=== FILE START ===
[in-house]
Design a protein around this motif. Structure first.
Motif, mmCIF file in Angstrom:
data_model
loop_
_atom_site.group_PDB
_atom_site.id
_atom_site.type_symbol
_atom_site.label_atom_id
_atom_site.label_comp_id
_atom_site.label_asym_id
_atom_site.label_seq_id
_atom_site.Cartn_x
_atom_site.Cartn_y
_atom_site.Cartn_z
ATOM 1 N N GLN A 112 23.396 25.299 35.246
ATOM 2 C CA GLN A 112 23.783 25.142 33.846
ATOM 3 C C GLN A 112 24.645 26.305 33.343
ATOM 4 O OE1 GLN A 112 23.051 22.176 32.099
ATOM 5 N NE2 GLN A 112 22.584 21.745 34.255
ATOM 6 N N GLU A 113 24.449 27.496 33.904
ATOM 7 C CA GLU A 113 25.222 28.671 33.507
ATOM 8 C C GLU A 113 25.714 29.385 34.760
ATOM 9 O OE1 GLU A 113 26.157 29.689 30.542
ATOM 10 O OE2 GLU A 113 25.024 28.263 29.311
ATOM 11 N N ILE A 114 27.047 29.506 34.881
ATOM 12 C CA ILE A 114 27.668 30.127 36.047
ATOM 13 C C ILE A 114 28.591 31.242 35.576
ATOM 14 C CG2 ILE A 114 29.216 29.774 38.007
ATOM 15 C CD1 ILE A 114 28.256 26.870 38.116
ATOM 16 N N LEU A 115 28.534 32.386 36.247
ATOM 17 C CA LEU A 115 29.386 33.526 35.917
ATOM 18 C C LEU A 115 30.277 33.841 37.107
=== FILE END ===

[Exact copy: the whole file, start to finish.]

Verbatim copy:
[in-house]
Design a protein around this motif. Structure first.
Motif, mmCIF file in Angstrom:
data_model
loop_
_atom_site.group_PDB
_atom_site.id
_atom_site.type_symbol
_atom_site.label_atom_id
_atom_site.label_comp_id
_atom_site.label_asym_id
_atom_site.label_seq_id
_atom_site.Cartn_x
_atom_site.Cartn_y
_atom_site.Cartn_z
ATOM 1 N N GLN A 112 23.396 25.299 35.246
ATOM 2 C CA GLN A 112 23.783 25.142 33.846
ATOM 3 C C GLN A 112 24.645 26.305 33.343
ATOM 4 O OE1 GLN A 112 23.051 22.176 32.099
ATOM 5 N NE2 GLN A 112 22.584 21.745 34.255
ATOM 6 N N GLU A 113 24.449 27.496 33.904
ATOM 7 C CA GLU A 113 25.222 28.671 33.507
ATOM 8 C C GLU A 113 25.714 29.385 34.760
ATOM 9 O OE1 GLU A 113 26.157 29.689 30.542
ATOM 10 O OE2 GLU A 113 25.024 28.263 29.311
ATOM 11 N N ILE A 114 27.047 29.506 34.881
ATOM 12 C CA ILE A 114 27.668 30.127 36.047
ATOM 13 C C ILE A 114 28.591 31.242 35.576
ATOM 14 C CG2 ILE A 114 29.216 29.774 38.007
ATOM 15 C CD1 ILE A 114 28.256 26.870 38.116
ATOM 16 N N LEU A 115 28.534 32.386 36.247
ATOM 17 C CA LEU A 115 29.386 33.526 35.917
ATOM 18 C C LEU A 115 30.277 33.841 37.107